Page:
The COVID Constitutional Crisis and Why We Need to Ignore Government Edicts

(National Archives via AP)

Yesterday, I wrote over at the RedState front page about Jim Jordan’s frying of Dr. Fauci during a hearing.  Essentially, Congressman Jordan wanted a time at which, we could expect to “get our rights back.”  Fauci, worthless as ever, could not give the Congressman a number (or didn’t want to). Either way, he was uncooperative with a direct question during a hearing and the very checks and balances which have been the hallmark of our government.

Among two things that occurred during that interview that scared me to no end were statements made by both Fauci and Jordan. First, Fauci said, “It isn’t about Liberty” in referring to the government’s draconian measures on COVID-19 restrictions. The other, made by Jordan, questioned, “When do we get our constitutional rights back?”

The United States Constitution is the supreme law of the land. No law or edict passed by Congress or instituted by the Executive can supersede it or overcome it. The very respect of our rights was instituted to be individually granted, not granted to the collective, and not, and I repeat NOT, granted by government.  In fact, the Bill of Rights is not a list of government-granted rights, but a list of government limitations that protect the rights of the individual.

During the formation of the Constitution, the United States was not the only country going through its revolutionary birth.  At the same time that America was shedding its oppressive tyrants, the French were booting their king as well.  It was interesting to note that our E Pluribus Unum (Out of Many, One) was matched by the French’s Liberté, égalité, fraternité (Liberty, Equality, Fraternity), comparing our individuality in America with the French’s collective equality.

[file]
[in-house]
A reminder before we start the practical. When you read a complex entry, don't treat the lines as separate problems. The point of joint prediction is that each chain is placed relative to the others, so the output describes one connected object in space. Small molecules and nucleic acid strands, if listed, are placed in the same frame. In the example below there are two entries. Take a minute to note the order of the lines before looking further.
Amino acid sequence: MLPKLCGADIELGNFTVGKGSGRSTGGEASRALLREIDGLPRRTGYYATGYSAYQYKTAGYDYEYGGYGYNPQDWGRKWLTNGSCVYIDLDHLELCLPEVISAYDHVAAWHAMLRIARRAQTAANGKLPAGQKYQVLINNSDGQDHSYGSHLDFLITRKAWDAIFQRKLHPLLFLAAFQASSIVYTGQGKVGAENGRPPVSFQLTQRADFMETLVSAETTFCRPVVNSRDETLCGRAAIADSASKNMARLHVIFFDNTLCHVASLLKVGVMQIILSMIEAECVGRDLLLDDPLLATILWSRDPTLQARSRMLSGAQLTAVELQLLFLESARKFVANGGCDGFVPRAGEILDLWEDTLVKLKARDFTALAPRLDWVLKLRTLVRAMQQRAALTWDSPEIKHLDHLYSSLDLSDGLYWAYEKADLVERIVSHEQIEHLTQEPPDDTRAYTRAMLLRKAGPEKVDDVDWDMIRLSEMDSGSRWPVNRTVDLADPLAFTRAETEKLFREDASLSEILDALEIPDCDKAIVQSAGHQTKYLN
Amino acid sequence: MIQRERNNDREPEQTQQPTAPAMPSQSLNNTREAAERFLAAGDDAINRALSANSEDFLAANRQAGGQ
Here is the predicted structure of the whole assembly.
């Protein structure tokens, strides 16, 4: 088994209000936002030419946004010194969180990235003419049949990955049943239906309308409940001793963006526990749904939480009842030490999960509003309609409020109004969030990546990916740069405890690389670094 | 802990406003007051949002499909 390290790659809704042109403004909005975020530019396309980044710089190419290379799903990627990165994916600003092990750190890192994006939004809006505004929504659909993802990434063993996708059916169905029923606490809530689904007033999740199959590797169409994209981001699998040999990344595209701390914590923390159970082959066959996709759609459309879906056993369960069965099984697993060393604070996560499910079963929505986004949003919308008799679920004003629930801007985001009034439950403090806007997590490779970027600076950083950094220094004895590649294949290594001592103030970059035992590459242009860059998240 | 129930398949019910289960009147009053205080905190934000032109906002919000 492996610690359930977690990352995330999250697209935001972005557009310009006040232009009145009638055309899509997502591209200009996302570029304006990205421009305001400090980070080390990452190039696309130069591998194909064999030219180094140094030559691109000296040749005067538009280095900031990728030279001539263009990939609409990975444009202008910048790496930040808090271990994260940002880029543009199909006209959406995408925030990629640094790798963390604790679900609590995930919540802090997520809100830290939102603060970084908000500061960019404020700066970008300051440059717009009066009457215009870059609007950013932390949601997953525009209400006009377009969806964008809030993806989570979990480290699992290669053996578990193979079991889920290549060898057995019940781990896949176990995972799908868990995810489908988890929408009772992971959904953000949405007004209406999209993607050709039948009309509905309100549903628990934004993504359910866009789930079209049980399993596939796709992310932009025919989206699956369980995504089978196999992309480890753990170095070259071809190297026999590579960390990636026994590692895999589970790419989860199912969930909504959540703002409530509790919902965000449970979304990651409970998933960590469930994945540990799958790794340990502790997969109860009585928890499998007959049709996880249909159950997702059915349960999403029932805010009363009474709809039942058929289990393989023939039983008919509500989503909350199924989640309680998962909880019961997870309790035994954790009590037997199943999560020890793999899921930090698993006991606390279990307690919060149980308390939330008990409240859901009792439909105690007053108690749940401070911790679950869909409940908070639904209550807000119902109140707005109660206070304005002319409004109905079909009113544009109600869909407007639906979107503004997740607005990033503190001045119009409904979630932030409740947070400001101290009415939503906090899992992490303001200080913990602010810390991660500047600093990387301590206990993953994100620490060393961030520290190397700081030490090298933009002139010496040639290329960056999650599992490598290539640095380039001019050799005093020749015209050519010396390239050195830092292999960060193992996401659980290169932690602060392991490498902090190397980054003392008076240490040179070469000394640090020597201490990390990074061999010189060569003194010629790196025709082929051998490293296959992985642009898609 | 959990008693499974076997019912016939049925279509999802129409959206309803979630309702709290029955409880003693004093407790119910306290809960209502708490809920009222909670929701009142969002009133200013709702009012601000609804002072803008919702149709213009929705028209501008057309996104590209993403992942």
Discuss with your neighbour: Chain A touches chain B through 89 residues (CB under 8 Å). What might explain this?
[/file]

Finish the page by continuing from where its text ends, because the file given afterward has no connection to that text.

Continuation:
Under the French system, adopted in 1791, the preamble of which was in part drafted by Thomas Jefferson, an aristocracy was unintentionally born and later replaced through various new constitutions, most recently after World War II.

The unique part of the United States Constitution is in the source of our rights, in the phrase included in the Declaration of Independence, “Endowed by their creator.”

While many have read this to believe that God is the source of the people’s rights, Jefferson was more specific in his belief that those rights were natural, basic laws of the universe, and naturally existed outside of any dictate of any man or any government.

Those rights cannot be given or bestowed by a government as those rights are already, naturally, and irrevocably given to people at birth.  Any effort by a government to take those rights is against the natural laws of the universe.

For the last 245 years, our government has largely respected those rights contained in the United States Constitution.  When people of color and women were extended the right to vote, many times people suggest that government granted those rights.  Instead, the government ceased preventing them from exercising their constitutional rights. They were not given something to which they were not previously in possession.  They were denied those rights by a government that was not following constitutional principles and the natural law of the universe.

Fast forward to 2020 and the beginning of the pandemic which has shaped our world for the last 13 months. When COVID initially hit, many people immediately turned to government for the answer and begged them for protection. Friends and Neighbors were weaponized by government and the media, to cast judgment on those who felt that many of the COVID-19 mandates were, in fact, a violation of their constitutional rights.